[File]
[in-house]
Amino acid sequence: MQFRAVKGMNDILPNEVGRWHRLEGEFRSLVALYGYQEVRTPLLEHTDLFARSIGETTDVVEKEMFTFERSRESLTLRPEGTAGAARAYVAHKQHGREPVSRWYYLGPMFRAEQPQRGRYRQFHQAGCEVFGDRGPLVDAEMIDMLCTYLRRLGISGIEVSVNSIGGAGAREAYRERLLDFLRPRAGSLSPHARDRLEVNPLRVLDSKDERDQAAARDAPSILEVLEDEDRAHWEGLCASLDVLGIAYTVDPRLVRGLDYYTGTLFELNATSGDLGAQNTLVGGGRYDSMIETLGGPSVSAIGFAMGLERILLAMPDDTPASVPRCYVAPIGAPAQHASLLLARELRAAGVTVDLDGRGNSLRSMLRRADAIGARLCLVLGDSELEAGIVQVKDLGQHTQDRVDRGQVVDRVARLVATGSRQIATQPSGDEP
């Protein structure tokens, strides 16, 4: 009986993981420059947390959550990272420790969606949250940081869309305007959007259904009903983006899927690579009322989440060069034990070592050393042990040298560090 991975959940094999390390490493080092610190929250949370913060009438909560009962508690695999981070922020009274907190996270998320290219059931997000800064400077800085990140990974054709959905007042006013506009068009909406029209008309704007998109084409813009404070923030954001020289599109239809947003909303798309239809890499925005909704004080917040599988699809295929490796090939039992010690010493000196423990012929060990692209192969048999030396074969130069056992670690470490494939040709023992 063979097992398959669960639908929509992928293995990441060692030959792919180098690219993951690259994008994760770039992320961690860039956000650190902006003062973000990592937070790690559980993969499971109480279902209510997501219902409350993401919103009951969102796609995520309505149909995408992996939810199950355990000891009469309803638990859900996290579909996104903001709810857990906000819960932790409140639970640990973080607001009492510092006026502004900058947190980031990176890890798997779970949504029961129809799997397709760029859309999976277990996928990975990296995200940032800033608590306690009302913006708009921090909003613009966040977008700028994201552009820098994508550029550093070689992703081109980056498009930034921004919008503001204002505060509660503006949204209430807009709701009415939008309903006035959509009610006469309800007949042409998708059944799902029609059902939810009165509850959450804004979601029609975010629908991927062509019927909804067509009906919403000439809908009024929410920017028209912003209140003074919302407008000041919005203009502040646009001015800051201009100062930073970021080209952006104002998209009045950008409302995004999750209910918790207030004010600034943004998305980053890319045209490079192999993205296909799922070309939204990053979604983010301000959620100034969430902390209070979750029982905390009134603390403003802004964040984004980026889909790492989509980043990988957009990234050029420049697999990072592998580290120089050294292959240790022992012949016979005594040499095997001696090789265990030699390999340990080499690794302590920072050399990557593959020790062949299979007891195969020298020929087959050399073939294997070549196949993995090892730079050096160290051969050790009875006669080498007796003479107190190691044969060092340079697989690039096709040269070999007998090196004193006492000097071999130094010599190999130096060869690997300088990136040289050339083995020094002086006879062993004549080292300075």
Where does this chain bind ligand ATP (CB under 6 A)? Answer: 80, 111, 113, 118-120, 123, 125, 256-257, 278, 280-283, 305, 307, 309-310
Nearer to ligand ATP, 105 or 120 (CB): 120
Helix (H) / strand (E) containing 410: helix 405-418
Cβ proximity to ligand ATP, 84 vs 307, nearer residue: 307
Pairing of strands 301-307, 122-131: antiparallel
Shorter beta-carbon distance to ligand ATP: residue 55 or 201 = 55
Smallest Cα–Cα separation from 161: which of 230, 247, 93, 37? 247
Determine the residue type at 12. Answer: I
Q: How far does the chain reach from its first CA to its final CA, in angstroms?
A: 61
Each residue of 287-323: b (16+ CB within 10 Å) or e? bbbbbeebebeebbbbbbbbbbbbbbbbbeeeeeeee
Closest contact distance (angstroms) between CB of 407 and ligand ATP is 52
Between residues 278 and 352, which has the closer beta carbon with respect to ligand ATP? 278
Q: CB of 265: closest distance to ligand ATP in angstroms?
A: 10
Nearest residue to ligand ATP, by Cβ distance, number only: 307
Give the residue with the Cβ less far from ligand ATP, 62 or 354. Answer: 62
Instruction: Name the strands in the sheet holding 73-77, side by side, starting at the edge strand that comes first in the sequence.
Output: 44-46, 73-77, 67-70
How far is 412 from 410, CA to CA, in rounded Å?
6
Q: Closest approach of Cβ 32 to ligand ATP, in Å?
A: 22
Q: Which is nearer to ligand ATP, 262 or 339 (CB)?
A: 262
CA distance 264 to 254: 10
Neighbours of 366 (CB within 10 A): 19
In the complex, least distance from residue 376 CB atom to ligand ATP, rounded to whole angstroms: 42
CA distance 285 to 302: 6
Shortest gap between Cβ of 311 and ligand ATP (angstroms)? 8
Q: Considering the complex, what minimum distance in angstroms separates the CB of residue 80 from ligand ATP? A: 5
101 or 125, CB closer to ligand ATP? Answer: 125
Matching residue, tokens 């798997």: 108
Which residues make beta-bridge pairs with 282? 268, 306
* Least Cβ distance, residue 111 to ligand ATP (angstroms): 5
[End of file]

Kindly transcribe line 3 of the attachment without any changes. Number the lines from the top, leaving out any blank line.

């Protein structure tokens, strides 16, 4: 009986993981420059947390959550990272420790969606949250940081869309305007959007259904009903983006899927690579009322989440060069034990070592050393042990040298560090 991975959940094999390390490493080092610190929250949370913060009438909560009962508690695999981070922020009274907190996270998320290219059931997000800064400077800085990140990974054709959905007042006013506009068009909406029209008309704007998109084409813009404070923030954001020289599109239809947003909303798309239809890499925005909704004080917040599988699809295929490796090939039992010690010493000196423990012929060990692209192969048999030396074969130069056992670690470490494939040709023992 063979097992398959669960639908929509992928293995990441060692030959792919180098690219993951690259994008994760770039992320961690860039956000650190902006003062973000990592937070790690559980993969499971109480279902209510997501219902409350993401919103009951969102796609995520309505149909995408992996939810199950355990000891009469309803638990859900996290579909996104903001709810857990906000819960932790409140639970640990973080607001009492510092006026502004900058947190980031990176890890798997779970949504029961129809799997397709760029859309999976277990996928990975990296995200940032800033608590306690009302913006708009921090909003613009966040977008700028994201552009820098994508550029550093070689992703081109980056498009930034921004919008503001204002505060509660503006949204209430807009709701009415939008309903006035959509009610006469309800007949042409998708059944799902029609059902939810009165509850959450804004979601029609975010629908991927062509019927909804067509009906919403000439809908009024929410920017028209912003209140003074919302407008000041919005203009502040646009001015800051201009100062930073970021080209952006104002998209009045950008409302995004999750209910918790207030004010600034943004998305980053890319045209490079192999993205296909799922070309939204990053979604983010301000959620100034969430902390209070979750029982905390009134603390403003802004964040984004980026889909790492989509980043990988957009990234050029420049697999990072592998580290120089050294292959240790022992012949016979005594040499095997001696090789265990030699390999340990080499690794302590920072050399990557593959020790062949299979007891195969020298020929087959050399073939294997070549196949993995090892730079050096160290051969050790009875006669080498007796003479107190190691044969060092340079697989690039096709040269070999007998090196004193006492000097071999130094010599190999130096060869690997300088990136040289050339083995020094002086006879062993004549080292300075």